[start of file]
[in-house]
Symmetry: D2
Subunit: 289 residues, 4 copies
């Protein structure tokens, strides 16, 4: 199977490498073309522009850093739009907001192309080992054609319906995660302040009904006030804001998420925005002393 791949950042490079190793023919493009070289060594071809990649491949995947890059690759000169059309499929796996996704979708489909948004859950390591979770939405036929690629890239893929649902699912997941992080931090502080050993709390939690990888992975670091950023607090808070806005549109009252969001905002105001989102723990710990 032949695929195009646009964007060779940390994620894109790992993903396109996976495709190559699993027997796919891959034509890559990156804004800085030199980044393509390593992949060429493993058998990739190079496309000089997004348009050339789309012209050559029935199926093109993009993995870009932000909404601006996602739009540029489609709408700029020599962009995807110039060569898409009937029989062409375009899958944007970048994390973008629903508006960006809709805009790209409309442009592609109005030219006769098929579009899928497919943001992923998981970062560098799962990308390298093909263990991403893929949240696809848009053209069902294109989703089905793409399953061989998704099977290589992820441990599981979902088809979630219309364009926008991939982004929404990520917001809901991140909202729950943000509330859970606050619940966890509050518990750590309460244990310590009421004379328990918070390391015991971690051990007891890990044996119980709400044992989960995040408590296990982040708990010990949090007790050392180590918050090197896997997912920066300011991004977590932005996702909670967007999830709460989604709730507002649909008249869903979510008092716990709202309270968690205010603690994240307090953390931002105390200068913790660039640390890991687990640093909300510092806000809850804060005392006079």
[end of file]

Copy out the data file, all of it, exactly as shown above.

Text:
[in-house]
Symmetry: D2
Subunit: 289 residues, 4 copies
């Protein structure tokens, strides 16, 4: 199977490498073309522009850093739009907001192309080992054609319906995660302040009904006030804001998420925005002393 791949950042490079190793023919493009070289060594071809990649491949995947890059690759000169059309499929796996996704979708489909948004859950390591979770939405036929690629890239893929649902699912997941992080931090502080050993709390939690990888992975670091950023607090808070806005549109009252969001905002105001989102723990710990 032949695929195009646009964007060779940390994620894109790992993903396109996976495709190559699993027997796919891959034509890559990156804004800085030199980044393509390593992949060429493993058998990739190079496309000089997004348009050339789309012209050559029935199926093109993009993995870009932000909404601006996602739009540029489609709408700029020599962009995807110039060569898409009937029989062409375009899958944007970048994390973008629903508006960006809709805009790209409309442009592609109005030219006769098929579009899928497919943001992923998981970062560098799962990308390298093909263990991403893929949240696809848009053209069902294109989703089905793409399953061989998704099977290589992820441990599981979902088809979630219309364009926008991939982004929404990520917001809901991140909202729950943000509330859970606050619940966890509050518990750590309460244990310590009421004379328990918070390391015991971690051990007891890990044996119980709400044992989960995040408590296990982040708990010990949090007790050392180590918050090197896997997912920066300011991004977590932005996702909670967007999830709460989604709730507002649909008249869903979510008092716990709202309270968690205010603690994240307090953390931002105390200068913790660039640390890991687990640093909300510092806000809850804060005392006079």